Identity theft concerning IRS goes through the roof, official reports

The Internal Revenue Service has seen a nearly fivefold increase in taxpayer identity theft in the past few years — from 51,702 incidents in 2008 to 248,357 in 2010, Larry Margasak reports for the Associated Press. However, a government official recently told a congressional panel that the IRS hasn’t been chasing many of the perpetrators.

Tax identity thieves typically file returns for refunds earlier than legitimate taxpayers, who then receive notification from the IRS that two returns were filed using the same Social Security number, Margasak wrote.

According to the AP article, James White, director of strategic issues at the Government Accountability Office, said in testimony prepared for a subcommittee of the House Oversight and Government Reform Committee that "IRS officials told us that IRS pursues criminal investigations of suspected identity thieves in only a small number of cases."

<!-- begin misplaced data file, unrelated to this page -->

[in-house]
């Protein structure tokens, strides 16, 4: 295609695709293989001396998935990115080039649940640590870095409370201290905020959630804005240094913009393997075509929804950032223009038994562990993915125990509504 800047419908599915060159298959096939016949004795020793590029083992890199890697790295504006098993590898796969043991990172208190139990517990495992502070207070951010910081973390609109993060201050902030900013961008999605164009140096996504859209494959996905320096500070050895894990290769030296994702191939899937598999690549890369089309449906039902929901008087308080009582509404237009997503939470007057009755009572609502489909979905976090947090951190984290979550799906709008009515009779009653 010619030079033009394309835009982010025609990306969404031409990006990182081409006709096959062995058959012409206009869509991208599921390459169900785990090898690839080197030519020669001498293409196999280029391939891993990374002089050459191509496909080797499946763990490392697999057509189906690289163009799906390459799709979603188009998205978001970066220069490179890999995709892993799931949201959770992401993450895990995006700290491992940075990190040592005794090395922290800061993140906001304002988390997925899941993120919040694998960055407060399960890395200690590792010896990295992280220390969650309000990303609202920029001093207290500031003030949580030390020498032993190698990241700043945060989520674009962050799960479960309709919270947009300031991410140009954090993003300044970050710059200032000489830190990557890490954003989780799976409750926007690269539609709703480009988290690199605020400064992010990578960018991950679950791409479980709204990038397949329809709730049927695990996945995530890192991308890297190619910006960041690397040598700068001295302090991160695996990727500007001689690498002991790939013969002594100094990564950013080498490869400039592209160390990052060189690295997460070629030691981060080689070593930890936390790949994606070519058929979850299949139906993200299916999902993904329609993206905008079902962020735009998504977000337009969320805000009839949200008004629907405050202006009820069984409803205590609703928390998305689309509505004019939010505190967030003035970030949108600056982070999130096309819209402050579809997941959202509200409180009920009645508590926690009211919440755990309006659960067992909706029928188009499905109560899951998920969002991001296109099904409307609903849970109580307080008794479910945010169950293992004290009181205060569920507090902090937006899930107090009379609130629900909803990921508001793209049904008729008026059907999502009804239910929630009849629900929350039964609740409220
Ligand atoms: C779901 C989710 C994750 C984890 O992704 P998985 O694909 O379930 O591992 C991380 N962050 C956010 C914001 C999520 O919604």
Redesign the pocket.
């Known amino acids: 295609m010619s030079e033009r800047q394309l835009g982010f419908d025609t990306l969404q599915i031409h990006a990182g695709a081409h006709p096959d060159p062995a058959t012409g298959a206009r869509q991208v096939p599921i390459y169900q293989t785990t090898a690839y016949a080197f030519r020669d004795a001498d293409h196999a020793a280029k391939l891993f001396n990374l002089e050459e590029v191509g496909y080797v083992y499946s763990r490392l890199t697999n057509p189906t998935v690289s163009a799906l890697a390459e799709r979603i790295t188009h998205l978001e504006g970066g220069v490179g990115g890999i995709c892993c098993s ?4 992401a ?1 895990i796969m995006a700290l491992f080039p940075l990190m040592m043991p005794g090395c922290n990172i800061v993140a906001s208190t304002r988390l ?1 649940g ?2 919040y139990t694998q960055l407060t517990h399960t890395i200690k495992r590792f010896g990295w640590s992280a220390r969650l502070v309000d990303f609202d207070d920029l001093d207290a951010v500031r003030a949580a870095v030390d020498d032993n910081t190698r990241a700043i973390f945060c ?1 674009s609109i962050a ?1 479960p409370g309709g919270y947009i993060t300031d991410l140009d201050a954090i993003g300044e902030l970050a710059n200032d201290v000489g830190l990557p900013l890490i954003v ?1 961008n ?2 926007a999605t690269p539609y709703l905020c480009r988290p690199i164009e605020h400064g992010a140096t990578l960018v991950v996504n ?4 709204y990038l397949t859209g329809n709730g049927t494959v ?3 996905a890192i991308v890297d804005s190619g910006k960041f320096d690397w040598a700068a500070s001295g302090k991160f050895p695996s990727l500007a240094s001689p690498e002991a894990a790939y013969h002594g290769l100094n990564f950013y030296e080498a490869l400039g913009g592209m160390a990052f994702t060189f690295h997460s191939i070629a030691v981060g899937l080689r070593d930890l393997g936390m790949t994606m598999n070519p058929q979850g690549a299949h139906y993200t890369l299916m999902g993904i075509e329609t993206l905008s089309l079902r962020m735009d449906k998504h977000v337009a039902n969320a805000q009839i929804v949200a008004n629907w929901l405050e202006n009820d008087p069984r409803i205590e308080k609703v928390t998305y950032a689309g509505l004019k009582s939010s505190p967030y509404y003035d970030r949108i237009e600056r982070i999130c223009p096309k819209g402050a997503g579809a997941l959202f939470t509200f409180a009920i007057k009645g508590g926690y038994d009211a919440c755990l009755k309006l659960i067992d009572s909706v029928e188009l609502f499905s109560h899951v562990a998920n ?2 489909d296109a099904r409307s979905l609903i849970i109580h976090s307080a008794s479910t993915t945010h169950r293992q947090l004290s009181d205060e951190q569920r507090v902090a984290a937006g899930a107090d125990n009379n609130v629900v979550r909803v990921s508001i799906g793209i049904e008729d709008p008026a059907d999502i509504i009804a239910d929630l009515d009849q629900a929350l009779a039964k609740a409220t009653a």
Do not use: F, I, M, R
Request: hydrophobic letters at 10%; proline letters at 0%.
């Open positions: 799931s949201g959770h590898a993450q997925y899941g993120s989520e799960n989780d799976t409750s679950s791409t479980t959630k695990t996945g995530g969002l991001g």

White said that in fiscal 2010, the IRS' criminal investigations division launched slightly more than 4,700 investigations of all types — far less than the number of identity theft cases.

In his testimony, IRS Commissioner Douglas Shulman said his investigators concentrate on schemes that are national in scope, and 95 percent of those prosecuted for refund-related identity theft go to prison, according to AP.

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